Reflecting on his 50 years of priesthood, Father William B. Leone said he is extremely grateful to God for “the privilege of offering holy Mass, which is beyond words to describe, and certainly (I’m) not worthy to do that, but in God’s mysterious plan, I’m doing that.”

Father Leone’s home parish is St. Helen in Gates. He graduated from Aquinas Institute in 1965 and attended St. John Fisher College, followed by St. Bernard’s Seminary. He was ordained April 5, 1974, at St. Charles Borromeo Church by Bishop Joseph L. Hogan.

After ordination, he was appointed assistant pastor at St. Frances de Sales in Geneva, then associate pastor at St. Jerome in East Rochester in 1977. His first pastorate was at Rochester’s Holy Redeemer in 1980.

Also was in 1980, Father Leone became a chaplain in the New York Army National Guard, in which he served until 2008. In 2007, he deployed to Kosovo for a year.

“I was exempted (from military service) through college and seminary, and many of my friends served in Vietnam,” he recalled, noting that one of his friends was severely wounded and lost both legs in the war, and another died from complications related to Agent Orange. “I felt I should … give some time to military service as my friends had done; that I owed something to our country.”

In 1985, Father Leone became pastor of St. Francis Xavier, Rochester. He took a sabbatical from 1989-90, and then served in sabbatical-assistance ministry at St. Augustine, Rochester, and St. Mary, Geneseo, and as temporary Catholic chaplain at Ithaca College.

In June of 1990, he was appointed pastor of the Northern Cayuga Cluster (St. John, Port Byron; St. Joseph, Weedsport; St. Patrick, Cato), and he was pastor at St. Anne’s Parish in Rochester from 2002-08. He served as parochial administrator of St. Cecelia, Irondequoit, from 2008 until becoming pastor in 2011 of St. Jerome, where he currently serves.

“I think of so many people that I’ve had the privilege as a priest to serve, and they have been the greatest memories I have,” he remarked of his five decades of ministry. “So many times I’ve seen God’s providence at work. Things you never expect. … It turns out to be some soul, some person who God was seeking, and he seeks them through us, through our faith and our lives to be his presence in the world. It’s a mystery.”

Father Sirianni: Is grateful to the people of the Rochester Diocese for their support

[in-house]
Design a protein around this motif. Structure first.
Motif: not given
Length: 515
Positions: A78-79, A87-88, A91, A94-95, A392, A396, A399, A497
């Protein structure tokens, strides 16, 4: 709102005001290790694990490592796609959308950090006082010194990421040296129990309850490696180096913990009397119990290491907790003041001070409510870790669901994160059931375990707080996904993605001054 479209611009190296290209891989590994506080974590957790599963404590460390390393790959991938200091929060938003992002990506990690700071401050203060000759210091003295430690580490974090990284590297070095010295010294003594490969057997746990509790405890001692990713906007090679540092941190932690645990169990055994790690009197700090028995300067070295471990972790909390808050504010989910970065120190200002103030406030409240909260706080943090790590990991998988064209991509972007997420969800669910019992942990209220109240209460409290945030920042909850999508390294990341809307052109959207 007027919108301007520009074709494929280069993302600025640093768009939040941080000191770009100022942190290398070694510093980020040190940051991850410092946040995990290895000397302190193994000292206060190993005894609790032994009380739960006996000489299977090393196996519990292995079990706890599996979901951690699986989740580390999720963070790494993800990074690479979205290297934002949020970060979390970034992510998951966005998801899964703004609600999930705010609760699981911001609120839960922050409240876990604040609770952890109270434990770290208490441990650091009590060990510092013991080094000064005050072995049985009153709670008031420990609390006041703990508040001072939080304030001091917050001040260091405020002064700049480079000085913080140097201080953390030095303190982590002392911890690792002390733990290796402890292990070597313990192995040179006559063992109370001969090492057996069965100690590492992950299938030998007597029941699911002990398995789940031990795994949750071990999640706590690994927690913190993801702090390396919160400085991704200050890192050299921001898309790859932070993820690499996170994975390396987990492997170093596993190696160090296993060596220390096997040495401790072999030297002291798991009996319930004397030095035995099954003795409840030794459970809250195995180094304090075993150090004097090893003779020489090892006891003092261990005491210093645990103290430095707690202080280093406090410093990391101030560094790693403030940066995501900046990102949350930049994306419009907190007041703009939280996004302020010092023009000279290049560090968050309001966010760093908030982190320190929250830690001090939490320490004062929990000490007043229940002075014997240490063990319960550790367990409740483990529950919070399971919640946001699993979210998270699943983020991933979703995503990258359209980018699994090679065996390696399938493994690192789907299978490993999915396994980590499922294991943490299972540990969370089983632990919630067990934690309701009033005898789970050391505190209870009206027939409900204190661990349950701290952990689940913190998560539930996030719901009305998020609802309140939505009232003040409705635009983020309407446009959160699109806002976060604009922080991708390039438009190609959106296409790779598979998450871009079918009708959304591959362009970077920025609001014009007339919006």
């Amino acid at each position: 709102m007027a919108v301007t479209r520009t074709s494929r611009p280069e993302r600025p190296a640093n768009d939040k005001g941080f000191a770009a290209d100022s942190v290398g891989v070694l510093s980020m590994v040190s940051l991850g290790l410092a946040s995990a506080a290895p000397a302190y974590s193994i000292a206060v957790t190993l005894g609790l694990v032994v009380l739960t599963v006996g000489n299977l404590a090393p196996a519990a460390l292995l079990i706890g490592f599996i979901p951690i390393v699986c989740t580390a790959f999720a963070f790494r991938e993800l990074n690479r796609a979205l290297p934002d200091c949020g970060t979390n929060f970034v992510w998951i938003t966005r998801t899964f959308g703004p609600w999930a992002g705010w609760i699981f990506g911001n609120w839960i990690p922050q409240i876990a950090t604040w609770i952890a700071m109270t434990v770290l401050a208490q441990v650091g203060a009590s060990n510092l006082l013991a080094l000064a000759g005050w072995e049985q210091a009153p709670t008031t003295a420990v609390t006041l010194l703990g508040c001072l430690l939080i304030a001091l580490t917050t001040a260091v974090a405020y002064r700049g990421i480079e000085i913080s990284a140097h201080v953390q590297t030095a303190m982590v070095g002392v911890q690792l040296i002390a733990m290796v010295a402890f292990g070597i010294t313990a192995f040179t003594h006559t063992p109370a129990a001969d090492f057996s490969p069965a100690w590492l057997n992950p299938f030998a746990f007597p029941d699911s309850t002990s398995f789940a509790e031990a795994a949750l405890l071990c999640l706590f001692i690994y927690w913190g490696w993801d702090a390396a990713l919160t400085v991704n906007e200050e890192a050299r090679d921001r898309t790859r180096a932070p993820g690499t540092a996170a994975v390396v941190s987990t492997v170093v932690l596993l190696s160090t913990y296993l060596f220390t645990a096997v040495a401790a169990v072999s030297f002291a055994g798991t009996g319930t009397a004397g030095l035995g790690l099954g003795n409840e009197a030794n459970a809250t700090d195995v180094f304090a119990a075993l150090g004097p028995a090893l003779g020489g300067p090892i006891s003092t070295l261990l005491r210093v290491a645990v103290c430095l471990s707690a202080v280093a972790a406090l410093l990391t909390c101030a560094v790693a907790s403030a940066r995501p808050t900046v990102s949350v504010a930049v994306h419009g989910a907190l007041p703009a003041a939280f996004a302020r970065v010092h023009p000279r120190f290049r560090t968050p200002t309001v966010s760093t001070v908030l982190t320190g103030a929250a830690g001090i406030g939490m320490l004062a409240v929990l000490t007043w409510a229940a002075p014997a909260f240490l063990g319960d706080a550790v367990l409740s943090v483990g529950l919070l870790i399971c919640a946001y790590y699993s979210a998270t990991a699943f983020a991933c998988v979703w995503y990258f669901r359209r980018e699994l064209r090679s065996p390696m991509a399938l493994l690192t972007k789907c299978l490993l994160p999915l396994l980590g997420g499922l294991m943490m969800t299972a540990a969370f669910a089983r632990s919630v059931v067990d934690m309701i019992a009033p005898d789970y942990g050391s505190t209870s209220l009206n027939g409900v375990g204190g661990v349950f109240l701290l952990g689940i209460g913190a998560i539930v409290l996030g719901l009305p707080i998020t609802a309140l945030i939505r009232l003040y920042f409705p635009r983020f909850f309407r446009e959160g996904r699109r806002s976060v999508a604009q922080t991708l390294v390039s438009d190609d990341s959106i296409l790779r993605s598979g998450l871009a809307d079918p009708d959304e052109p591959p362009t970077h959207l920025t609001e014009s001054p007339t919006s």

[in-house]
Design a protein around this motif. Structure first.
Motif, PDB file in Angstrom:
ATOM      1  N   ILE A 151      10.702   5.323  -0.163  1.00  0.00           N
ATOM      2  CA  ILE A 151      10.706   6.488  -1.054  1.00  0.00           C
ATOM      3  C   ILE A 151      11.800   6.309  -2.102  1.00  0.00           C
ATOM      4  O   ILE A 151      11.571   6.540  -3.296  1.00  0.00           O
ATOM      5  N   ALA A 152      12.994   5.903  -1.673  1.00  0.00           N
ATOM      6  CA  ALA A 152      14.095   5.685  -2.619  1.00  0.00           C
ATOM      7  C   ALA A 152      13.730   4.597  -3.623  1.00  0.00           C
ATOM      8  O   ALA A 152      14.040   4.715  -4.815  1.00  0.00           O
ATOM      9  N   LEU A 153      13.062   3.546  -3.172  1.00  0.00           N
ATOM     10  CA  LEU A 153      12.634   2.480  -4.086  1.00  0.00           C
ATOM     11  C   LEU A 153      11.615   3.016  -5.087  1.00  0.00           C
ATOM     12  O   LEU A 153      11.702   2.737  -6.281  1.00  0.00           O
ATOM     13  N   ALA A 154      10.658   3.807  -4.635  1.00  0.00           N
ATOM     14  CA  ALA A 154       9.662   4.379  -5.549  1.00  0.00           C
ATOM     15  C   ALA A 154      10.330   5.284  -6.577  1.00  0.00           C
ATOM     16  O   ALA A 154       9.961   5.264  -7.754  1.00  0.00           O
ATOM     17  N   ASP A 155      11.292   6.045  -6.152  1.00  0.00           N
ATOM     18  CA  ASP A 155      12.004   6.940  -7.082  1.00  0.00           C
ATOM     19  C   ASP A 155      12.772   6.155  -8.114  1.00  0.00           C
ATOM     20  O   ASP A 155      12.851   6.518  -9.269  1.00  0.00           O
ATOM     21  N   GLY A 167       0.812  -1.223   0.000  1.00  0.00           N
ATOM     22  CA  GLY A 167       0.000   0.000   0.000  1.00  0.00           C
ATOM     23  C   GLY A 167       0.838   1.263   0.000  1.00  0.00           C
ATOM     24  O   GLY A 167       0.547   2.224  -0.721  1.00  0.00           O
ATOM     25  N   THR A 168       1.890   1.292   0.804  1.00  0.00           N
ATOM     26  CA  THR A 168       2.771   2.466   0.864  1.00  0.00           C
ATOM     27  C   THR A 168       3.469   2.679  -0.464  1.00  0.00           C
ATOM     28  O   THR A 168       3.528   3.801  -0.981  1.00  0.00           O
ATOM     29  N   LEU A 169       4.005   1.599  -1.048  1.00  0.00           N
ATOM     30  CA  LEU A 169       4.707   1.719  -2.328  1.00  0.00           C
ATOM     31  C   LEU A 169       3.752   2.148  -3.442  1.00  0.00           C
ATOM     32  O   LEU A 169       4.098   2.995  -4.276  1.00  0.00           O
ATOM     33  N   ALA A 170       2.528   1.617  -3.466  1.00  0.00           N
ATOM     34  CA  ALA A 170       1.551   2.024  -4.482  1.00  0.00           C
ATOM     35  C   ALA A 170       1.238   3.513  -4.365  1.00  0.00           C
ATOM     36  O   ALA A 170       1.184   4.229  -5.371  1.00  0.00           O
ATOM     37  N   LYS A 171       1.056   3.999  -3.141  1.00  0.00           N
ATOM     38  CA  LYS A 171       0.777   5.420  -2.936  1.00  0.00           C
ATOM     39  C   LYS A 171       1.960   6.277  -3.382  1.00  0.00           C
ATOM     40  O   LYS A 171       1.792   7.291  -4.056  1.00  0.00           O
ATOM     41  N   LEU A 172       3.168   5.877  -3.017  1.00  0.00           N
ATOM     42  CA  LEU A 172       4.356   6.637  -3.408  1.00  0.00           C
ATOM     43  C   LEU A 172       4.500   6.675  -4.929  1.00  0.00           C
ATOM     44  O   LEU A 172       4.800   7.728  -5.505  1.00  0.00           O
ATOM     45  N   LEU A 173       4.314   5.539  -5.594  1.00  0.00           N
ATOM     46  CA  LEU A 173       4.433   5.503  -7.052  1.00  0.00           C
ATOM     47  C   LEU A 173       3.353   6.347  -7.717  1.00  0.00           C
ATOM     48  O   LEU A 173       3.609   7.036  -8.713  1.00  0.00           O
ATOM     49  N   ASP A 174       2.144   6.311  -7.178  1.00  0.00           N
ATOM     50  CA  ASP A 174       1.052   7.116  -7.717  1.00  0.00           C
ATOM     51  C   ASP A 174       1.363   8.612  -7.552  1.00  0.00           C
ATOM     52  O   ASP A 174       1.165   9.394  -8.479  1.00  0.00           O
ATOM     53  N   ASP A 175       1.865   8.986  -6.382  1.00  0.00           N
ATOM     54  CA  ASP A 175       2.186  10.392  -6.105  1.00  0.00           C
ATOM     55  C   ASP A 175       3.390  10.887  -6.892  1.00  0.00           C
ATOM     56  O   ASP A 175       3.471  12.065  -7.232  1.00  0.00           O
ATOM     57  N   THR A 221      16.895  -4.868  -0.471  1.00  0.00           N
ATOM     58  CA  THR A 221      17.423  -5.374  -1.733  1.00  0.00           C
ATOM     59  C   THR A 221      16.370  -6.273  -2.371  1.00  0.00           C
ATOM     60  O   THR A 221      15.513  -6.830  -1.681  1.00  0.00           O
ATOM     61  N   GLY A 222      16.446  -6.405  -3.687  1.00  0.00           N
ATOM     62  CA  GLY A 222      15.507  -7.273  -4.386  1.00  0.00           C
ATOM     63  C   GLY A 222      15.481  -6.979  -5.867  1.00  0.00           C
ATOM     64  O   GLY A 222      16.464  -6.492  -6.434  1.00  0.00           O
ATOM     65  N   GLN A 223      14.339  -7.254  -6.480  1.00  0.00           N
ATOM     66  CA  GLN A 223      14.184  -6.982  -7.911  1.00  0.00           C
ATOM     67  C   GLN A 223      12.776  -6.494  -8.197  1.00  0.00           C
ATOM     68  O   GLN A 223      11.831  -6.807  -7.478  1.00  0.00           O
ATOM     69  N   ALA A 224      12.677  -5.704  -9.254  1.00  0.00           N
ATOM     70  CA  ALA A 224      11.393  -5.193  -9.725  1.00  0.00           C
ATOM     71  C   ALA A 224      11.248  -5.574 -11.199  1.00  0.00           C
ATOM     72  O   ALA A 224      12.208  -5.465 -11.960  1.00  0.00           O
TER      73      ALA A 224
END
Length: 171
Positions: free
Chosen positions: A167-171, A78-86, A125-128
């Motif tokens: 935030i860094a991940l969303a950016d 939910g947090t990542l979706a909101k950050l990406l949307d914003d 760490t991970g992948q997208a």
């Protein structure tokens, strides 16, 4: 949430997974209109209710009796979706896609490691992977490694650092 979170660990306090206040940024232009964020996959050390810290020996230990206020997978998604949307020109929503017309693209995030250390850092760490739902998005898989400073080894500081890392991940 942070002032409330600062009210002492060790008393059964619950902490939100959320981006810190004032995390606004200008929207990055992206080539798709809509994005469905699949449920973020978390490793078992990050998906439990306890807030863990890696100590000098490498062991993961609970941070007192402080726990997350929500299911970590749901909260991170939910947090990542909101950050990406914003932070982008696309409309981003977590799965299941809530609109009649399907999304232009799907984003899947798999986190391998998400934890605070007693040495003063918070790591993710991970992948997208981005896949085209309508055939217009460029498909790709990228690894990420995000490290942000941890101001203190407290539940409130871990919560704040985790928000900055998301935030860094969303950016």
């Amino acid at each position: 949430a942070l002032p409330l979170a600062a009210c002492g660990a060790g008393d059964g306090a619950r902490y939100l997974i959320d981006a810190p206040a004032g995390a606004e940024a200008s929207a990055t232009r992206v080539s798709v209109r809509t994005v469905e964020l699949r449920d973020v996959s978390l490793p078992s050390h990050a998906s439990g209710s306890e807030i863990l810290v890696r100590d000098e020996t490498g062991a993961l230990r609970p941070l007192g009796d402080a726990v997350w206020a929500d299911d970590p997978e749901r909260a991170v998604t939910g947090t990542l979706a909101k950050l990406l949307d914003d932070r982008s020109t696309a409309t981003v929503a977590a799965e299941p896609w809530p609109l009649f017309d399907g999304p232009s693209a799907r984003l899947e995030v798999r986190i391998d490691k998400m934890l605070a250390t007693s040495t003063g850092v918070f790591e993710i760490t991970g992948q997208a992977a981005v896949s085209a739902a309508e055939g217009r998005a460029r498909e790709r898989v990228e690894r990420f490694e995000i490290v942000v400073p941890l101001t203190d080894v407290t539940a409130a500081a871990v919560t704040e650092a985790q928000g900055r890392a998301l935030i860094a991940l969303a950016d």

Father Sirianni

Father Louis A. Sirianni said he knew as a boy of 8 that he wanted to be a priest.

“A priest or a garbage man,” he said, laughing, noting that he credits his mother for encouraging and nurturing his priestly vocation.

Father Sirianni is a native of Holy Cross Parish in Rochester. He attended St. Andrew’s and St. Bernard’s seminaries in Rochester and was ordained April 19, 1974, by Bishop Joseph L. Hogan at Rochester’s Holy Family Church, where he had served as deacon.

He was then assigned as an intern priest and associate pastor at Sacred Heart, Auburn (1974-79); associate pastor at St. Ann, Hornell (1979-82); and St. Louis, Pittsford (1982-85). His first pastorate was at Rochester’s Our Lady of Good Counsel (1985-92), and he then served as assisting priest at St. Boniface, Rochester (February-June 1993).

Father Sirianni began working with the Rochester Diocese’s Tribunal in the early 1980s as one of several priests trained to handle marriage-annulment cases. In 1992, Bishop Matthew H. Clark asked him to consider pursuing a degree in canon law and taking a more active role at the Tribunal. After receiving his licentiate in canon law in 1995, he began working as a judge for the Tribunal; in January 1996, he was appointed adjutant judicial vicar; and in June 1996, he became judicial vicar.

In addition his work in the Tribunal, beginning in 1996, Father Sirianni was assisting priest at Guardian Angels, Henrietta, until becoming pastor of St. Mark in Greece (2005-19). He reached senior status in 2021 and became a parochial vicar at St. Mark. Also that year, he retired as the Tribunal’s judicial vicar and was named adjutant judicial vicar.

He said he appreciates the flexibility he now has to visit out-of-state family.

Father Sirianni noted that he has enjoyed getting to know people throughout priesthood, sharing their joys and sorrows, and building relationships in the parish communities in which he has served.

“I’m grateful to the people in the Diocese of Rochester for their support … and all the lives that have been connected with mine. I’m hoping and praying that more young men will become priests,” he added.

Father Spilly: Has enjoyed being a priest and serving the people

Father Spilly

Father William Spilly is a native of Whiting, Indiana, near Chicago. He attended the former St. Bernard’s Seminary and was ordained May 10, 1974, by Bishop Joseph L. Hogan at St. Christopher Church in North Chili. He noted that his 1974 ordination class of 11 priests was the Diocese of Rochester’s largest in many years and has not been approached in size since.

He was parochial vicar at St. Ann in Hornell (1974-76) and then served in leadership roles for the diocesan Office of Human Development and Finger Lakes Office of Social Ministry from 1976 to 1984. Also during that time, he was administrator of St. Michael in Lyons for part of 1983.

In 1984, Father Spilly became pastor of the four-church Cayuga Team Ministry cluster, staying there for six years and also serving as pastor of two other area churches for part of 1986. In 1990 he took on another multi-parish pastorate, leading the four-church Corning-Painted Post Roman Catholic Community cluster until 1996.